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Copper, steel pricing to rise with Chinese demand: VTB

Keywords: Tags  Chinese demand, copper prices, steel prices, Wiktor Bielski, VTB Capital, VTB Capital Investment Forum, London Metal Exchange, warehousing Hong Kong Exchanges & Clearing


NEW YORK — Copper and steel prices should rise over the course of 2013 as Chinese demand rebounds following the country’s leadership transition, according to VTB Capital Plc.

Chinese demand for industrial metals is poised to bounce back over the next six to 12 months after having "bottomed out" during the third quarter of 2012, Wiktor Bielski, the Moscow-based company’s global head of commodities research, said at the VTB Capital Investment Forum in New York.

"The underlying data is beginning to look encouraging, particularly an enormous increase in liquidity," he said. "We have the conditions for accelerating growth."

Bielski said that uncertainty related to the Chinese leadership transition delayed some large-scale investment projects, but it was unlikely to be an ongoing concern.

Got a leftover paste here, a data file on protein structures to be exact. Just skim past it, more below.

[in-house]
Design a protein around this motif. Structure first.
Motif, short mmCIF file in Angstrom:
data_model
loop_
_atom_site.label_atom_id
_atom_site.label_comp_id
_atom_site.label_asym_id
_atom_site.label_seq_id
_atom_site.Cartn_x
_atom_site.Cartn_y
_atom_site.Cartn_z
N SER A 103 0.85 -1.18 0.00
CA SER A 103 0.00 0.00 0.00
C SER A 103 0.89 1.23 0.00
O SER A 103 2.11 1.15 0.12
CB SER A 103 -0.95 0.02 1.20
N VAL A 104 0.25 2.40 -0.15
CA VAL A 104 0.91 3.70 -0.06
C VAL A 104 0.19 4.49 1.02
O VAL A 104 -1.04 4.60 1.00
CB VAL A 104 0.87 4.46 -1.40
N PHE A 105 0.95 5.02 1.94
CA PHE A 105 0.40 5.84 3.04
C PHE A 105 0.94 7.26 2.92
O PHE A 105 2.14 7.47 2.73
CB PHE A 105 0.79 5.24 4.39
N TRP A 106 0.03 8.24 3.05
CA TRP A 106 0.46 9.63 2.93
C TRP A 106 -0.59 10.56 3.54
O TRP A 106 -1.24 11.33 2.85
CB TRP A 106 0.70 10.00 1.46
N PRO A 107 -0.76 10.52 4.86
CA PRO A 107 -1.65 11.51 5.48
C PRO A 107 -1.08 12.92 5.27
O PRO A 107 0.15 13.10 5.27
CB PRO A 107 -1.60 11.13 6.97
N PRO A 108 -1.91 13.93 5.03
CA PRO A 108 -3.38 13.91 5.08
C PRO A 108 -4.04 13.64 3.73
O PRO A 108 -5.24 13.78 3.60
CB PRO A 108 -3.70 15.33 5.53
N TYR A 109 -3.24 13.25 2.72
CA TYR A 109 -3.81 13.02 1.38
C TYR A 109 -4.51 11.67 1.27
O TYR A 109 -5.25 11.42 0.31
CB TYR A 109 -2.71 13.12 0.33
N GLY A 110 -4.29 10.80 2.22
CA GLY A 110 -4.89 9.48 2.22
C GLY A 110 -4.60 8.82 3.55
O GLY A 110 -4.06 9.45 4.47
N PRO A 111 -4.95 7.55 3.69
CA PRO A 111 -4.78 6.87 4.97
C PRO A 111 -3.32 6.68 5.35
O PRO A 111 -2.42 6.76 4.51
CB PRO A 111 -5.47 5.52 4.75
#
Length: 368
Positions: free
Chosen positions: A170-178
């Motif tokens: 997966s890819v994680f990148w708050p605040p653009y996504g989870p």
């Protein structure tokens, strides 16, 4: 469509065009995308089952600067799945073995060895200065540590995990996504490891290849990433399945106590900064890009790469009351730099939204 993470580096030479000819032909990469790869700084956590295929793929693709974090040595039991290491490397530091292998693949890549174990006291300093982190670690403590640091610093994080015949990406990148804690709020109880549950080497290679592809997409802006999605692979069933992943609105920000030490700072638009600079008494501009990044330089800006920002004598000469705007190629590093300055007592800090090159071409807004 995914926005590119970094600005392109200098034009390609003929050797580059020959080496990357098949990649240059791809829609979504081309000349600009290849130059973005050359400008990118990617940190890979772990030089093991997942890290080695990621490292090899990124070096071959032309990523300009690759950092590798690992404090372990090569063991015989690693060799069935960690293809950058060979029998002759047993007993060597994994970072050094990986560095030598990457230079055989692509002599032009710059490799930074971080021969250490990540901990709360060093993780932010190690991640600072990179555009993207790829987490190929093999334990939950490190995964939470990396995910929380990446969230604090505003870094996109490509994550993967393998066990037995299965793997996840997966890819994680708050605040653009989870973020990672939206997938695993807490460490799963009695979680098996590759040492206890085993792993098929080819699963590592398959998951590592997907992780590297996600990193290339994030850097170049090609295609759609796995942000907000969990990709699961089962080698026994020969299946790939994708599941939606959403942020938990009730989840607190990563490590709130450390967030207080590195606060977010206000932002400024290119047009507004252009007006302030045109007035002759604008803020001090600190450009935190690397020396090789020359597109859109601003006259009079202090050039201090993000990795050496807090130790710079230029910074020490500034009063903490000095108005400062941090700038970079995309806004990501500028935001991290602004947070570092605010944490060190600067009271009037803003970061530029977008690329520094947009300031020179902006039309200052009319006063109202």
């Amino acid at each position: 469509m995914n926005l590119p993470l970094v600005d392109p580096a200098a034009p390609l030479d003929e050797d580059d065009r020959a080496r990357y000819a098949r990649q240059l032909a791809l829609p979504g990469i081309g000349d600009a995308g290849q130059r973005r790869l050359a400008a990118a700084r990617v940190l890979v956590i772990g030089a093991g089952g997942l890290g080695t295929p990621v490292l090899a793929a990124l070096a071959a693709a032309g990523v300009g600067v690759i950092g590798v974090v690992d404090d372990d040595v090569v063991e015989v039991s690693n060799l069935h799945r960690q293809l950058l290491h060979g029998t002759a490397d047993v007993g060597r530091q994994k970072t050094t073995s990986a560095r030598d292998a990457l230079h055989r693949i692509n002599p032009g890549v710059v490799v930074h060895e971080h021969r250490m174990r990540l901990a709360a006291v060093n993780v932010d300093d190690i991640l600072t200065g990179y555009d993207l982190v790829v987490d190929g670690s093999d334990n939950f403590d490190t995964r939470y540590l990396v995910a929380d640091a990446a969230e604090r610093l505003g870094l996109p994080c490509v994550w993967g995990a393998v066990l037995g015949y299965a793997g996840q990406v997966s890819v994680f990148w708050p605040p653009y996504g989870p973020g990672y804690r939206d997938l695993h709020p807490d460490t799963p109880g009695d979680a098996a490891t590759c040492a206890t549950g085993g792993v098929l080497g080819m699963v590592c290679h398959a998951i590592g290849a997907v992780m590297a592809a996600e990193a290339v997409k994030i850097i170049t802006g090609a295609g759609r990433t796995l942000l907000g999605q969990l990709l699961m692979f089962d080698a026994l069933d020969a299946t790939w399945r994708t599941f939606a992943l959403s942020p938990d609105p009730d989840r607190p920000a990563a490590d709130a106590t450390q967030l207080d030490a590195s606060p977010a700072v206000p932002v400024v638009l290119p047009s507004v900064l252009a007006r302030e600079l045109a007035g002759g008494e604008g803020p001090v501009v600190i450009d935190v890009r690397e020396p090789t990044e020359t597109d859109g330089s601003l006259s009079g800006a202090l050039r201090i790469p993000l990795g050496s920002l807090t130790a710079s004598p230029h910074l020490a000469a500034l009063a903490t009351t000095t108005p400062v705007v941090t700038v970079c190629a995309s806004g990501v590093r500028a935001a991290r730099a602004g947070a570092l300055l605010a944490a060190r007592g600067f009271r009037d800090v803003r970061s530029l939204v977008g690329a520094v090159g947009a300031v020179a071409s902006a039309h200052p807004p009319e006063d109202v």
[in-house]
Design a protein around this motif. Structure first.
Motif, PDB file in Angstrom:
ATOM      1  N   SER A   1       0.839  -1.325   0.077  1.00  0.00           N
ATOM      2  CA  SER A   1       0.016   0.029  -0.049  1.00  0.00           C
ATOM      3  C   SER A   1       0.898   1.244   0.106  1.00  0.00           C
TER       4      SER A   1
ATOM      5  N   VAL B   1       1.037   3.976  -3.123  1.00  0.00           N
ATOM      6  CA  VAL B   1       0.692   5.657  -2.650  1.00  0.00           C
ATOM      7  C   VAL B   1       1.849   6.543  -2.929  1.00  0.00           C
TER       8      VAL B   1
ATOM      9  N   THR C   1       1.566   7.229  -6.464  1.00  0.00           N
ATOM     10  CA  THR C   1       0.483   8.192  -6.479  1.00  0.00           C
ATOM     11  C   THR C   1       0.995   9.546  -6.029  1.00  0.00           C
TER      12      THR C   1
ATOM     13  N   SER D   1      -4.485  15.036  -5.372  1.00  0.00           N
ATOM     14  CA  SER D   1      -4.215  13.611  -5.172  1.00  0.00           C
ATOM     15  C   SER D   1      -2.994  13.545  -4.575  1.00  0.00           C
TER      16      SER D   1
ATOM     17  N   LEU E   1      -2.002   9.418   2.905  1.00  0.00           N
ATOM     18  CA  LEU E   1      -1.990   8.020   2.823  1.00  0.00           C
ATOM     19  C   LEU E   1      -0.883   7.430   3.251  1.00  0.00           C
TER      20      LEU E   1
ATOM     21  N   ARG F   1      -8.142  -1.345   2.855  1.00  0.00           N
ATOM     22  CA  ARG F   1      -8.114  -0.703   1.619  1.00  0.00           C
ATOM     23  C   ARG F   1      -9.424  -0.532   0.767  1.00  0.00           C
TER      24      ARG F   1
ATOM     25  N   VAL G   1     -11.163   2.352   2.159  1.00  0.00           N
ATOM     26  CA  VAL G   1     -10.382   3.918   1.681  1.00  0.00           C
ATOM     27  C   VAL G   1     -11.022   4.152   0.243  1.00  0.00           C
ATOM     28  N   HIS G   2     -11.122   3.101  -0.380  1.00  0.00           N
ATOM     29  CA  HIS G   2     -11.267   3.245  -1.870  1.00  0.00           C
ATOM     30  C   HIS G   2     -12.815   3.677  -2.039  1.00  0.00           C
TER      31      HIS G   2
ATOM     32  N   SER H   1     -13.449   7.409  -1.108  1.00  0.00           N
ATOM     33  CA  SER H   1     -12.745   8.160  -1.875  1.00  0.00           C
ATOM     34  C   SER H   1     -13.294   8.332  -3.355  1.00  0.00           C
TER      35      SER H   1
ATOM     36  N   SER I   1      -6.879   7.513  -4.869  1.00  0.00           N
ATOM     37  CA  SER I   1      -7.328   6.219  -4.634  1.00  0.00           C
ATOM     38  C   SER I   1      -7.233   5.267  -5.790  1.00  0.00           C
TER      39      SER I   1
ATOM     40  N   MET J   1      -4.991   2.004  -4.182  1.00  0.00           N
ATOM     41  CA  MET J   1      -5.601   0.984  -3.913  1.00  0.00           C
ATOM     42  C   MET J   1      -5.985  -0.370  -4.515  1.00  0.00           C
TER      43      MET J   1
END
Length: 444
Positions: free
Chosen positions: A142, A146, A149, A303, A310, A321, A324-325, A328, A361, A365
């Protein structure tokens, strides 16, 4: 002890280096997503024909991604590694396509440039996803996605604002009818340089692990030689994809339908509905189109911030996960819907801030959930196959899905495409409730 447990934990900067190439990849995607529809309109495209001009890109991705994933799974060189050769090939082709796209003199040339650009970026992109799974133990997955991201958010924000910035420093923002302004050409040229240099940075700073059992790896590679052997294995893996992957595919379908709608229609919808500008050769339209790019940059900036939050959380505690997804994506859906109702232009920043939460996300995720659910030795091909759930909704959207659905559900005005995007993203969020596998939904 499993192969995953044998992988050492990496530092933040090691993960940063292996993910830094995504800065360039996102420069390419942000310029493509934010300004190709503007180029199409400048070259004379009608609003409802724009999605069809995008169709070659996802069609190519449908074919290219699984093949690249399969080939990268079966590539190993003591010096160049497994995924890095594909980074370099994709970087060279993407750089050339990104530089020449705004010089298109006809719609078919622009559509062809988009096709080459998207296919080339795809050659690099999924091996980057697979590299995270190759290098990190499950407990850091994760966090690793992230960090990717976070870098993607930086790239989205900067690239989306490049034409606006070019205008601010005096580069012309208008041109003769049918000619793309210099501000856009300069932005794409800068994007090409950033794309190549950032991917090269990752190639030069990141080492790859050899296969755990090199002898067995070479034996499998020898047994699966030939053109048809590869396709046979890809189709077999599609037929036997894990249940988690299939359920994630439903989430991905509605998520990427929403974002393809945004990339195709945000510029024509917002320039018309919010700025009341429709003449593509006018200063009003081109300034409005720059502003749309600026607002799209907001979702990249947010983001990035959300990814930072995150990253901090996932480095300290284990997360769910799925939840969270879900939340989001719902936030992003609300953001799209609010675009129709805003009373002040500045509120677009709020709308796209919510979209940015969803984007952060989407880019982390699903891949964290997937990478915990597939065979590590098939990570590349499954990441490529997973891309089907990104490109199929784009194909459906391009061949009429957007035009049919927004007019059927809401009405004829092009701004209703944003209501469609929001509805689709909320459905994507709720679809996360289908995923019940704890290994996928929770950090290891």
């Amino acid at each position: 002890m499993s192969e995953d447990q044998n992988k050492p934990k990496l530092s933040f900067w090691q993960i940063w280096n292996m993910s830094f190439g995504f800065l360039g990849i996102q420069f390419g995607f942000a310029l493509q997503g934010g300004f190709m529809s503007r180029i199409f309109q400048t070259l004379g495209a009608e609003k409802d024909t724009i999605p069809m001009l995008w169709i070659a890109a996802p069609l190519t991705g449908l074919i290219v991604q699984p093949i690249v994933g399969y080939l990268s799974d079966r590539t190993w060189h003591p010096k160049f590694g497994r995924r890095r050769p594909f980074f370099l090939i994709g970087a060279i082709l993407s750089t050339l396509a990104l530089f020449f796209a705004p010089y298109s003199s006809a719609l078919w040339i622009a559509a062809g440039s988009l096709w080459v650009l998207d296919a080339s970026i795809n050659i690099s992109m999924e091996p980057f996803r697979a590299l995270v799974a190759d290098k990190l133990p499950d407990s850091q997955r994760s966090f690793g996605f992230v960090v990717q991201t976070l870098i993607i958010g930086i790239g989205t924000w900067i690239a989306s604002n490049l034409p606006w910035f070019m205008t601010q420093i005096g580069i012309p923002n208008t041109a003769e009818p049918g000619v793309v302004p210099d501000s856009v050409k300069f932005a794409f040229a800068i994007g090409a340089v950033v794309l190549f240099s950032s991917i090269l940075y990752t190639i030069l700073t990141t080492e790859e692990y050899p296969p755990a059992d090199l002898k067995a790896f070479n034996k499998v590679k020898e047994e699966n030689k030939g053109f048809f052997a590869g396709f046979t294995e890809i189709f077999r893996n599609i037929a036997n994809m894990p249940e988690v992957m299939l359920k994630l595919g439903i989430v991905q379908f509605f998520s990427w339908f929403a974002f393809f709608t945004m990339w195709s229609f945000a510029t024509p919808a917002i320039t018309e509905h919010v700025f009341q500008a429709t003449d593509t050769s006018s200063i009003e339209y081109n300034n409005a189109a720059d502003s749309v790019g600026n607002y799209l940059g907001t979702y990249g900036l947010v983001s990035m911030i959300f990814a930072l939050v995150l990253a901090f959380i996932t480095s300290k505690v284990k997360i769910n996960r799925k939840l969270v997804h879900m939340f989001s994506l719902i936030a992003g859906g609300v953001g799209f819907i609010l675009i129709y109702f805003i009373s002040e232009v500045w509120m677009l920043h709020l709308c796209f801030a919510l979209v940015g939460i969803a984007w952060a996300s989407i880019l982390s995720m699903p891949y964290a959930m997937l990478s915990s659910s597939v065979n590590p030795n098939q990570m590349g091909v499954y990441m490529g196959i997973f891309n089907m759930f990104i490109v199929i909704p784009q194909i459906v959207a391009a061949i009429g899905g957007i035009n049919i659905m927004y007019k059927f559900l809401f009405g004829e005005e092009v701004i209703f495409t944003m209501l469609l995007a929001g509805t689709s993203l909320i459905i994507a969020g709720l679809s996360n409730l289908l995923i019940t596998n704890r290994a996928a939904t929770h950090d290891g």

"While there will be a shift towards more consumption-driven policies, they still need more investment in the short term to support urbanization," he said.

However, a pickup in demand will only highlight the lack of readily available material at London Metal Exchange warehouses, with up to 85 percent of metal locked up in financing deals or stuck in queues.

"There will be very little float available when demand picks up again," Bielski said. "So, yes, China will have an impact (on prices) as demand picks up, but that’s when these financing deals will start to become more important."

He said that LME warehousing rules are unlikely to change to suit metal consumers, despite the recent purchase of the exchange by Hong Kong Exchanges & Clearing Ltd. ( amm.com, Dec. 6). "The problem is (that) the LME is still controlled by producers. There are no consumers on the LME board and nothing in the LME remit to make it do anything friendly to consumers," Bielski said. "No one has broken any rules. There have been opportunities to change the rules ... but nothing has ever happened. So I don’t see how this situation is going to change."


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